by A.J. Hakari
Scream gets a lot of flack for wearing its satire on its sleeve. True, it had its share of references and observations awkwardly shoehorned into the dialogue, but it still felt like a consistent and complete film that tried to tie everything together into an actual plot. Broad or wry, parodies with a horror bent work better when you’re interested in what’s happening, as The Cabin in the Woods demonstrated pretty damn well a few months back. Otherwise, you’re left with something like Detention, an obnoxious, ADD-afflicted wreck with more concern for maintaining the apperance of being hip and unconventional than for possessing any actual thematic value.
Welcome to Grizzly Lake, home to every stock character horror cinema has ever urped up. Jocks, mean girls, hipsters, and many more roam the streets, although the population has recently begun to dwindle. Someone’s decided to don the get-up of the villainess from B-grade slasher flick Cinderhella and axe his way through the high schoolers, one stereotype at a time. With any one of their classmates due on the chopping block next, the job of rooting out the killer falls upon walking social disaster Riley (Shanley Caswell) and charismatic slacker Clapton (Josh Hutcherson). But if the Grizzly Lake kids weren’t occupied enough by a bloodthirsty madman, the UFOs, time-traveling bears, and impending apocalypse sure oughta do the trick.
I’m not even going to bother bringing up the idea of story in Detention. I gave up all hopes of it having one the minute its characters began addressing the camera about their tropes and traits while graphics flew across the screen. But seeing as how Detention is obviously in it for the goofs (leaning more towards the “comedy” aspect of “horror comedy”), humor is fairly important to its overall success…which is why the style it opts for makes the whole damn film collapse in on itself. Maybe it’s just personal preference speaking, but satire seems to work best the more focused it is; the closer the bullseyes are hit and less crowded together they are, the better. But Detention has a stream-of-consciousness approach that takes shots at everything even remotely connected to its subject matter all at once. Sure, some marks are made, but the shock value of latching onto one target for an ironic comment before moving onto the next in a matter of seconds is as fleeting as it is freaking irritating.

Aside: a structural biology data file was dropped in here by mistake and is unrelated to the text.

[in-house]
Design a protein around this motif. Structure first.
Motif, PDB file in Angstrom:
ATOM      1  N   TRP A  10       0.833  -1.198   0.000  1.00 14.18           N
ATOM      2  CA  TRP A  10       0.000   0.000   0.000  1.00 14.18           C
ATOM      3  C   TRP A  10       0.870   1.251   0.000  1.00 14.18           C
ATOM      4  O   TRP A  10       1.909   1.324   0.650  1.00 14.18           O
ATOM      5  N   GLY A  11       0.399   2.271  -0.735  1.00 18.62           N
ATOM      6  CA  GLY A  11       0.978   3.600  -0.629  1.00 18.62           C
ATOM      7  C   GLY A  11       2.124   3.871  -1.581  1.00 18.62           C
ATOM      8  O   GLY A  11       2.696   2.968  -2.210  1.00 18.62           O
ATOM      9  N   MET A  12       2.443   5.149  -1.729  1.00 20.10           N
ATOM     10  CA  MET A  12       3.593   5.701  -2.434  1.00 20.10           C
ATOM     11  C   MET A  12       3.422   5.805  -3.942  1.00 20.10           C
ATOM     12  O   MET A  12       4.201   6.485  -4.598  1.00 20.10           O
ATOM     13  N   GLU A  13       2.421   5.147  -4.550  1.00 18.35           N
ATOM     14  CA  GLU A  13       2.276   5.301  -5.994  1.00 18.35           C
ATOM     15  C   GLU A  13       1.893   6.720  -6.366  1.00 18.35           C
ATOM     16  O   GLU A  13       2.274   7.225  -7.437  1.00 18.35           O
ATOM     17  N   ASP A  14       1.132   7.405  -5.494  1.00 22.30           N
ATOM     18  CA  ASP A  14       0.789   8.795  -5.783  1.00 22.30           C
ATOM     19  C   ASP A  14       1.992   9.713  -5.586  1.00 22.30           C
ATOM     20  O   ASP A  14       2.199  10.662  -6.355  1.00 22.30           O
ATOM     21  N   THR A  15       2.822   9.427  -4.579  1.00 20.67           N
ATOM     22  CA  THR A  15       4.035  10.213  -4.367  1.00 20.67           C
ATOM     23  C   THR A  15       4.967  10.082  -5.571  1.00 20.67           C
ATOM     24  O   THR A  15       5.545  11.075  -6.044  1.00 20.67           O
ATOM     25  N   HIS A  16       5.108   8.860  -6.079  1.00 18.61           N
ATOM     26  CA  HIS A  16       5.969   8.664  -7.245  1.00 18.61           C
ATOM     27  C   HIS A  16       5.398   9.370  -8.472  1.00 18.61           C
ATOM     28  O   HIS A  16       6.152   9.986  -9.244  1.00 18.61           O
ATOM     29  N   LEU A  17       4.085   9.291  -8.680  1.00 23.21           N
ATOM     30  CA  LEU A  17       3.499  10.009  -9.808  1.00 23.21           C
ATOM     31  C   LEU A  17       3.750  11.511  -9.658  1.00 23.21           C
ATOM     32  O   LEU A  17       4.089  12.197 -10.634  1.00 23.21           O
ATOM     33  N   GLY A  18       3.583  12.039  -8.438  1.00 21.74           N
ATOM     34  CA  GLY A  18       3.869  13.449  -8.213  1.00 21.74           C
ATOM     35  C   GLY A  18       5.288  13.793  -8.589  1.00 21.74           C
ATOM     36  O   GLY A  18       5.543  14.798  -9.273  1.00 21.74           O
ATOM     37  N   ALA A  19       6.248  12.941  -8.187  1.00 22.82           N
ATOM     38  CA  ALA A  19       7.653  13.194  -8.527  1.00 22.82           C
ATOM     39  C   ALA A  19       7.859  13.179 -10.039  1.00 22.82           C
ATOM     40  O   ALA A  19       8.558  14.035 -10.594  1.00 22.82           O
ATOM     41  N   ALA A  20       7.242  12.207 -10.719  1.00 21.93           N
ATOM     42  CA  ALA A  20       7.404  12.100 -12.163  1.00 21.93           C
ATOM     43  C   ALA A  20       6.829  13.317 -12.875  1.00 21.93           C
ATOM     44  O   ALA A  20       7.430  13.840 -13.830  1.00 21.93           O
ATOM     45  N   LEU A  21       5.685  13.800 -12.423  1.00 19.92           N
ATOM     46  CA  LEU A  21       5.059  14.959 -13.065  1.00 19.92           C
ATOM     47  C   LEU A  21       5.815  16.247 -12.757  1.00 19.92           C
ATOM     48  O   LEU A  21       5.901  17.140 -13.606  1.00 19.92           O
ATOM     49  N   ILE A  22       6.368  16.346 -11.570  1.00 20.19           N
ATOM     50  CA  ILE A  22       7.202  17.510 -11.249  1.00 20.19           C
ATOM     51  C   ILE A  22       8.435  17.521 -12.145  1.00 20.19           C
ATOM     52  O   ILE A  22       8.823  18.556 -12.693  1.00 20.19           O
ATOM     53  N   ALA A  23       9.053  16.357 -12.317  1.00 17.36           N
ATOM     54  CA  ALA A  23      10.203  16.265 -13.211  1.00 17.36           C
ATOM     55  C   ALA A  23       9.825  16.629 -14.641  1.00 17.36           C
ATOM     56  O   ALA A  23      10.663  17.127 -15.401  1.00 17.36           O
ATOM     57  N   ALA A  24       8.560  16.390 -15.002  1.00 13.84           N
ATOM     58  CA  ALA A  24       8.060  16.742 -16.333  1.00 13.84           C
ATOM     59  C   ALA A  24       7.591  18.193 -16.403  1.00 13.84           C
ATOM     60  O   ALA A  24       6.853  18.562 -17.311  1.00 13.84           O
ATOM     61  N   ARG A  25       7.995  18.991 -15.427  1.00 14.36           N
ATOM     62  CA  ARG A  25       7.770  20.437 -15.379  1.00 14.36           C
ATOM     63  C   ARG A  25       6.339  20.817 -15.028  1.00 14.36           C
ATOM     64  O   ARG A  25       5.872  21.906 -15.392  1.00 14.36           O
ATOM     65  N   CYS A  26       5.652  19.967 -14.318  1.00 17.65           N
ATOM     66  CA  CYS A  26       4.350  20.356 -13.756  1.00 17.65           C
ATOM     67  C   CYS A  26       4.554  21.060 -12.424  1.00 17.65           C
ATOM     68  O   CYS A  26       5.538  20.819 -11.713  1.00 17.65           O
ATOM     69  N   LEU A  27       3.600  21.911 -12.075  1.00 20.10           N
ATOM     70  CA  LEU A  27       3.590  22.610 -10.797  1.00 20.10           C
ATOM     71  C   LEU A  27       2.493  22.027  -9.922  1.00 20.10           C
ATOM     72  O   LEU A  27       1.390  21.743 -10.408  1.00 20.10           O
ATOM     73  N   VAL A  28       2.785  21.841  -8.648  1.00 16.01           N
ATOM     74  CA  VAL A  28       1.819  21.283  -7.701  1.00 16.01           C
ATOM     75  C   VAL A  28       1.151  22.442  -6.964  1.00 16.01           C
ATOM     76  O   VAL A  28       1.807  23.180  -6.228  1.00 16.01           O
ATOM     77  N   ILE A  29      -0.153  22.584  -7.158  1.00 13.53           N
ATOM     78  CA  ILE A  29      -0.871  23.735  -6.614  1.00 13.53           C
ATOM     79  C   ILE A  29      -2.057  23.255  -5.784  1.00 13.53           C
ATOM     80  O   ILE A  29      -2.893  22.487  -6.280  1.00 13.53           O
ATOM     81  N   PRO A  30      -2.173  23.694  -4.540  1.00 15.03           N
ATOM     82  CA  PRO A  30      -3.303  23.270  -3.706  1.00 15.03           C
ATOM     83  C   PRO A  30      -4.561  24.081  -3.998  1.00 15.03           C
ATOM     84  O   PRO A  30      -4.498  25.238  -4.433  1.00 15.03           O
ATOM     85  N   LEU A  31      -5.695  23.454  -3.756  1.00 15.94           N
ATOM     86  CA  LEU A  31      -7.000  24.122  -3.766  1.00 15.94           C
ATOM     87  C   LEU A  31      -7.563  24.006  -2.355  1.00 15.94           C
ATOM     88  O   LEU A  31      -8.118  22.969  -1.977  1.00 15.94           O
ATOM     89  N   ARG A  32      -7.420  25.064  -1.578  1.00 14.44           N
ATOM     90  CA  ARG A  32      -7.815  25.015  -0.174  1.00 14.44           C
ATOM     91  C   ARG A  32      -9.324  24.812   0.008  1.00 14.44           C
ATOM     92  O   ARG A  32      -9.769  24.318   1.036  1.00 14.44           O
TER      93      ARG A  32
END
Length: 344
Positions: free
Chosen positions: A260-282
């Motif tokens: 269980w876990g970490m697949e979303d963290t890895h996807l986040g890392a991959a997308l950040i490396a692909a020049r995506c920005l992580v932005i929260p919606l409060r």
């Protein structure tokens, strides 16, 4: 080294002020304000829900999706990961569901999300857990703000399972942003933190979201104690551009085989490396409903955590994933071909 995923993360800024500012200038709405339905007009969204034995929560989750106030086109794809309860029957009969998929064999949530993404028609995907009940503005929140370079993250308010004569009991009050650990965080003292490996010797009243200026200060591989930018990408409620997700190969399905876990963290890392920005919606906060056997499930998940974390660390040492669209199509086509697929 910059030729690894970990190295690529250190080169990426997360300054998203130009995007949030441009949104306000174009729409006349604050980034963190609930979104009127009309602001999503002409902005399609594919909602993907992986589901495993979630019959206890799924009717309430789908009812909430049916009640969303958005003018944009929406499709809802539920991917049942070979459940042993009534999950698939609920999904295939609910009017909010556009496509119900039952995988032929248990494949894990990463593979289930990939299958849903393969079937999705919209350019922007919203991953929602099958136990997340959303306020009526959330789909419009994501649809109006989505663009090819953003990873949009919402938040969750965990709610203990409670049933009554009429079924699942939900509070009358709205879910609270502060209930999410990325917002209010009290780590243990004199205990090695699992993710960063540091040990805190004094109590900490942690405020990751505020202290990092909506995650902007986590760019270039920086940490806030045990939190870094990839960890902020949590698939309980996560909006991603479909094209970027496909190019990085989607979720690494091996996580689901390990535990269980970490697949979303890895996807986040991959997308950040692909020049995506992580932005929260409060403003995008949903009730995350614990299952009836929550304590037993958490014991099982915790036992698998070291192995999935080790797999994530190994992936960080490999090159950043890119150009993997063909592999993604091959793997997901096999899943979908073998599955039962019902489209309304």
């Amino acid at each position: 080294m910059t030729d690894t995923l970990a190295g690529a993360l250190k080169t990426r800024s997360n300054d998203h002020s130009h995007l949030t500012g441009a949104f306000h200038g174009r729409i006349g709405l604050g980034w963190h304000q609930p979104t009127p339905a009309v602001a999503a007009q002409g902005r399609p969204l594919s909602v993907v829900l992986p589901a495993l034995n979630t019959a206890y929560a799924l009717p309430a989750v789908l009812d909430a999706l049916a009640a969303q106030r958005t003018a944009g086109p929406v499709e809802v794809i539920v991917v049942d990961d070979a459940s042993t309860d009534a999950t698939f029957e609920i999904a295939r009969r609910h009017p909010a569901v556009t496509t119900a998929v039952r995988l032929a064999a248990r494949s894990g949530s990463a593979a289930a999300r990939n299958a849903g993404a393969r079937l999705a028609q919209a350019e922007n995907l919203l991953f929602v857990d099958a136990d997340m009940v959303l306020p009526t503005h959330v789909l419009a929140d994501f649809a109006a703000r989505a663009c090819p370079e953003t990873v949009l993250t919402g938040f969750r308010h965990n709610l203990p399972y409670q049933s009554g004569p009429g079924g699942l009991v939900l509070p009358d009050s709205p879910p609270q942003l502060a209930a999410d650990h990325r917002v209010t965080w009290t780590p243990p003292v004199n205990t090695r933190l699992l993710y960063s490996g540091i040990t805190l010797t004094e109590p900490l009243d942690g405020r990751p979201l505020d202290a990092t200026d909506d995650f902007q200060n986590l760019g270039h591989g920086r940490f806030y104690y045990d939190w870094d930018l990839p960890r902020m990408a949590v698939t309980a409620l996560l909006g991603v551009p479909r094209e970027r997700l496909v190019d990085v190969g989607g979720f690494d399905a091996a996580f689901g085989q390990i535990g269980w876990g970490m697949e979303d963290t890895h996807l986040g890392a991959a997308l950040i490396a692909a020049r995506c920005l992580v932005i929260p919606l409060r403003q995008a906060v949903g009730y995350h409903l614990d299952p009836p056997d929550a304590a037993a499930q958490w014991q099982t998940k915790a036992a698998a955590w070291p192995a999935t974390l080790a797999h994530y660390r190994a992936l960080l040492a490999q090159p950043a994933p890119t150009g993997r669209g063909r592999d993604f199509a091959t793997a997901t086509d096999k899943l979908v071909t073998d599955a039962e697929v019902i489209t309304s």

To begin with, Detention doesn’t even feel like it has any other goal in mind than doing what it does. Does it turn horror movies cliches on their ears in interesting ways? No. Does it have anything funny or smart to say about high school conventions? Nuh-uh. But it does have plenty of random, time-wasting diversions with no purpose except to be random and time-wasting. Do the body-swapping subplots, mutant jocks, pop culture name-dropping, and digs at internet reviewers have anything to do with one another? Aside from them all apparently being on director/co-writer Joseph Kahn’s mind, nope. The man who gave the world Torque (which is granted its own go-nowhere reference) is simply content to let his film come ass intensely smug and proud of itself for filling the screen with so much aimless minutae.
I didn’t go in wanting to hate Detention, but it makes it so hard not to. There’s real potential here, with some of the young actors playing their parts pretty well and a surprisingly amusing performance given by Dane “I’m Vomiting a Little as I Type This” Cook. But Detention is doomed when it makes itself the center of attention instead of its points, a sort of Scream by way of “Family Guy” with a Scott Pilgrim polish that isn’t worth a fraction of either three.